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Vin Narayanan

Vin  Narayanan
Vin Narayanan is the former managing editor at Casino City and has been involved in the gaming industry for over a decade Vin is currently based in Hong Kong, where he runs his own consultant group and works as head of gaming and public relations for Mega Digital Entertainment Group.

Before joining Casino City, Vin covered (not all at the same time) sports, politics and elections, wars, technology, celebrities and the Census for, USA WEEKEND and CNN.

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Brock Parker working his 'magic' at the WSOP

11 Jun 2009

By Vin Narayanan
This has been a good World Series of Poker for people named Daniel and Brock.

Daniel Negreanu reached his second final table of the Series this week beforet bowing out in fourth place in Event 18, the $10,000 Omaha 8 World Championship. Daniel Alaei won his second bracelet by winning the Omaha 8 world championship (and beating Negreanu). And Brock Parker won his second bracelet this Series by emerging from a field of 1,068 to win Event 19, the $2,500 Six-Handed No-Limit Hold'em event. Parker also won this year's $2,500 Six-Handed Limit Hold'em tournament (Event 14).

Parker, 27, is a Washington DC-area pro who gravitated to poker after first playing Magic tournaments for money. Parker isn't the only Magic player who has found success on the felt. David Williams and Eric Froelich are also among the handful of professional poker players who have crossed over from Magic and had successful poker careers.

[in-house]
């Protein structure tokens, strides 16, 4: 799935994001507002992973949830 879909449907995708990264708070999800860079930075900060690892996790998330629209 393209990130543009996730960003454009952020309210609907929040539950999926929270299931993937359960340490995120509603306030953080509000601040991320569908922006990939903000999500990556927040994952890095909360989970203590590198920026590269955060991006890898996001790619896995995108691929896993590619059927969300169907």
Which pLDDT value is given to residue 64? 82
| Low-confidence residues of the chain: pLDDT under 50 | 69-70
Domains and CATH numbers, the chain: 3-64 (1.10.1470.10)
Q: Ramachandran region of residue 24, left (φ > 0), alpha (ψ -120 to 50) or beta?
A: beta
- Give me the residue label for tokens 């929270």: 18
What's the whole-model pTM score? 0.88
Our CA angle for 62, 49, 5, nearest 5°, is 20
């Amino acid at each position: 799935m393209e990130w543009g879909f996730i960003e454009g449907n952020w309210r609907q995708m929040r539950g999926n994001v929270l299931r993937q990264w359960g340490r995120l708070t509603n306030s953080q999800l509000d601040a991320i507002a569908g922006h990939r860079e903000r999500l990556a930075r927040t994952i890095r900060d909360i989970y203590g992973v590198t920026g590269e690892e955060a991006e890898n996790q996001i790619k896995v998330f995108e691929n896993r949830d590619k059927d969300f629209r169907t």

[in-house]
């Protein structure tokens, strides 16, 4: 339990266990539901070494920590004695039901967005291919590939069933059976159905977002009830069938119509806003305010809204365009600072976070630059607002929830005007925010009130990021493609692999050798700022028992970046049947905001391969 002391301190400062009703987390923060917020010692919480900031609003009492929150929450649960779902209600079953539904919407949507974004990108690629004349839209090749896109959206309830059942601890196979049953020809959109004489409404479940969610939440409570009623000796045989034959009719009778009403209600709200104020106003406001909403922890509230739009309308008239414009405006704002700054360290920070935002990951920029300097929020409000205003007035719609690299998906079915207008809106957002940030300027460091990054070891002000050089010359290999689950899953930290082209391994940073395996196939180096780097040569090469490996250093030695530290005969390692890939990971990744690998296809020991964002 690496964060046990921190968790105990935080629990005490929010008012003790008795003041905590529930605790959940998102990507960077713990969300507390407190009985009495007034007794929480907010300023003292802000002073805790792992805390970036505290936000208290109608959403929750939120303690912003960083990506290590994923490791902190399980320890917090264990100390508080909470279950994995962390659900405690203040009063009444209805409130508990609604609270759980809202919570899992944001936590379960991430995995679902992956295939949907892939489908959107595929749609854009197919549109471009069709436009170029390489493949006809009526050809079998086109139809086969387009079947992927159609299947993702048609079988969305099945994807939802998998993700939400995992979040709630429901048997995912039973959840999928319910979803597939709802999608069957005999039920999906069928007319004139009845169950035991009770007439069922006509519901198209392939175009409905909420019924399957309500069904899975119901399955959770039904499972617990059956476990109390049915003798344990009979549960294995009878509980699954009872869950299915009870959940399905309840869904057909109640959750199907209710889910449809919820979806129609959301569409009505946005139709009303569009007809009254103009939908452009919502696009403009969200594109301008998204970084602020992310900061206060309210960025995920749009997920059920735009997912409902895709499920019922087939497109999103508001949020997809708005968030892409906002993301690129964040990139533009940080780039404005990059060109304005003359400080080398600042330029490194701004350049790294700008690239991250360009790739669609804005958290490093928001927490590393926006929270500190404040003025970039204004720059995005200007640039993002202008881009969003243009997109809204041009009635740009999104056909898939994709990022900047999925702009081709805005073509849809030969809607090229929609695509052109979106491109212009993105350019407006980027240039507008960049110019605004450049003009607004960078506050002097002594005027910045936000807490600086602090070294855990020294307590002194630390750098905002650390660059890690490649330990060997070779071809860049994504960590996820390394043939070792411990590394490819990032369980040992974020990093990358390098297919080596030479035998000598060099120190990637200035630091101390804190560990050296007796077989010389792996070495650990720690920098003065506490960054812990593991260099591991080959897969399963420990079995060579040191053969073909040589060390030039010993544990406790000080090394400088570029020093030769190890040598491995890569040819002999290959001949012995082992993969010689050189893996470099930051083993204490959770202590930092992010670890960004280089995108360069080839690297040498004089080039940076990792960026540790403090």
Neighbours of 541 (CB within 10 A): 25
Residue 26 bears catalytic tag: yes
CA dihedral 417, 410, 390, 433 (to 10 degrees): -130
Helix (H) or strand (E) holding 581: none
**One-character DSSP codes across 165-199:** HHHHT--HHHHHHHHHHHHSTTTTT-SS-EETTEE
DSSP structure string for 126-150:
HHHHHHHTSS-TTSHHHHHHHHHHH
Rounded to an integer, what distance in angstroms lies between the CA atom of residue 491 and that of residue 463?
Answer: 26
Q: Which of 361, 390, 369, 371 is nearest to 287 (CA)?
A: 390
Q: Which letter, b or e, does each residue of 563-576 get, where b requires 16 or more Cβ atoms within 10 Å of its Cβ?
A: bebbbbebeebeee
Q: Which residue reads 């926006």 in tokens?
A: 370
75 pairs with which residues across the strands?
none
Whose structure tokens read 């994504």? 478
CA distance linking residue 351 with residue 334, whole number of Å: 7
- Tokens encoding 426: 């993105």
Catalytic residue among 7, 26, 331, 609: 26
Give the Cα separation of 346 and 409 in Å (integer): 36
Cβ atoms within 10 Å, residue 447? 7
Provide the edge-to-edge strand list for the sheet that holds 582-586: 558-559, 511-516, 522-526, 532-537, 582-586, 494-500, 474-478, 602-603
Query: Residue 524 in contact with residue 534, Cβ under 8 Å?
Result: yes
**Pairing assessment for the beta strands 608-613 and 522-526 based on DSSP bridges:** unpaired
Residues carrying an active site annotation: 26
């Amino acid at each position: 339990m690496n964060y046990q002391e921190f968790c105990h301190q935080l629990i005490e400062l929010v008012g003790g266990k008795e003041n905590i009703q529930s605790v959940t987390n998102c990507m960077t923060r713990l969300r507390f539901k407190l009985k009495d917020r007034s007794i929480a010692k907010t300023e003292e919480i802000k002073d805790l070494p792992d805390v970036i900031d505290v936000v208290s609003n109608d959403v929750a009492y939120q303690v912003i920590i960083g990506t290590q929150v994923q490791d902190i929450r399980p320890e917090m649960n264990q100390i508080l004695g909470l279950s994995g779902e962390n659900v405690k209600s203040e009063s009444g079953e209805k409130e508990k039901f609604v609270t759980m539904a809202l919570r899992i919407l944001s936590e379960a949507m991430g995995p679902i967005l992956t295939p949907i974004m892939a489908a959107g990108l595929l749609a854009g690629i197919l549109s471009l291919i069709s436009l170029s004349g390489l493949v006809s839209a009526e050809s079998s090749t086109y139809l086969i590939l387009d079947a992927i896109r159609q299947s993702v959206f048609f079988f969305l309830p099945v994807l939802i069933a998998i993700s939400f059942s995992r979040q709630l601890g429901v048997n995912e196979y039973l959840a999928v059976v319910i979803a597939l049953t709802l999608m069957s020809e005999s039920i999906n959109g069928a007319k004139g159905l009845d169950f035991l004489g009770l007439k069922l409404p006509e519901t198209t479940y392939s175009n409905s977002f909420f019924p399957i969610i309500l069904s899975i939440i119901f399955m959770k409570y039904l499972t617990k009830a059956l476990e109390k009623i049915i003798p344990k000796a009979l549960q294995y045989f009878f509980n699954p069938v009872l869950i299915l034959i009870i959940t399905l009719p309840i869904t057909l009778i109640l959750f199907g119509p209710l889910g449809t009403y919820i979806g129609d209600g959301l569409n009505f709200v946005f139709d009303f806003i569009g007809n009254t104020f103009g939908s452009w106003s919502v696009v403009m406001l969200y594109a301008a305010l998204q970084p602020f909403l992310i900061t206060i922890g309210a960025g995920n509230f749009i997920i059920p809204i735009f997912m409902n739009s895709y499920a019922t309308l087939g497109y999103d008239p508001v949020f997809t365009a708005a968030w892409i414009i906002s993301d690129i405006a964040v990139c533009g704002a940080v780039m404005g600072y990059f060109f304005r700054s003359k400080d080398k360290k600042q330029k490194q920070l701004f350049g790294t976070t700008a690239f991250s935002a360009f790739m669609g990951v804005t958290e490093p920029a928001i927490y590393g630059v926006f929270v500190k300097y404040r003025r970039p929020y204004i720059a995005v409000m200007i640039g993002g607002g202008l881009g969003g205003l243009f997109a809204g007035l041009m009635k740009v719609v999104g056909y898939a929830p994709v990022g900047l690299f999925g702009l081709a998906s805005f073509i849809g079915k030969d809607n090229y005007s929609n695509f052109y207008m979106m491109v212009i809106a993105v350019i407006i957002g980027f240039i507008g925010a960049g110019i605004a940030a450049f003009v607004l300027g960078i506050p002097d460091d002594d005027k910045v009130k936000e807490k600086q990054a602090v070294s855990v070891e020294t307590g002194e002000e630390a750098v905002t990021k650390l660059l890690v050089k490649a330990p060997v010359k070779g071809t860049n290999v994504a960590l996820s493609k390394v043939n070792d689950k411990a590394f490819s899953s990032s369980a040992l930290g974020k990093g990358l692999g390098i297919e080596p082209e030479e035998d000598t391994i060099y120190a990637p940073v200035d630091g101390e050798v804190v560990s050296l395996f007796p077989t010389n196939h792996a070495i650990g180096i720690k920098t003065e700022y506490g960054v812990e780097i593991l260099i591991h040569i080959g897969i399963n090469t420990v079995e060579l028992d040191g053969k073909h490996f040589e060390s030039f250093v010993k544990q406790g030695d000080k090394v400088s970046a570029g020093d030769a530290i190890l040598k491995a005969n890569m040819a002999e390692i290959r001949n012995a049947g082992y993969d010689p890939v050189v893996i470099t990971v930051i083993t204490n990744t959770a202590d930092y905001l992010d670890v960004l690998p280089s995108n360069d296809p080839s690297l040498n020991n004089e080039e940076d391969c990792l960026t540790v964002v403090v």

Froehlich, a two-time gold bracelet winner, said he got his start in poker due largely to Parker's influence.

"We all played Magic together," Froehlich said. "But Brock was the good poker player. We watched him play and he made all this money and it looked like fun, so we got into it also. I think a lot of (Magic players) who first got into poker came to it because of Brock...He was part of the Magic scene and he is responsible for many of us becoming poker players."

But don't let all the Magic talk fool you. Parker is an excellent poker player as well.

"He's an online legend, and it's well deserved," poker pro Alex Borteh said.

He might be "below the radar" for most poker fans. But Negreanu certainly knew who Parker was.

"We lost a player and are taking 10 min breakm (sic) I have 888k," Negreanu twittered from the table a few days ago. "Main competition is Brock Parker- tsoprano on PokerStars. He's tough."

Parker is particularly tough at six-handed games. "I like to play more hands," said Parker as he explained why he was successful in the six-handed tournaments. "Playing nine-handed is pretty boring. I guess six-Handed gets (me) more motivated because I get to play in a lot of pots."

While Parker was cleaning up in the six-handed event, Alaei was staring down a loaded Omaha 8 final table that included Negreanu, Omaha High-Low specialist Scott Clements, Deuce-to-Seven specialist John Monnette -- who finished second to Phil Ivey in last week's Deuce-to-Seven world championship -- and Annie Duke.

Alaei had an 8-to-1 to chip advantage over Clements when heads-up play began and ended the tournament two hands later when he hit trip Kings with no low showing.

"In the poker world, bracelets are like trophies," Alaei said after his victory. "So, it is good to win. Now, I want a third bracelet. Before, I wanted number two. And now, I want number three."

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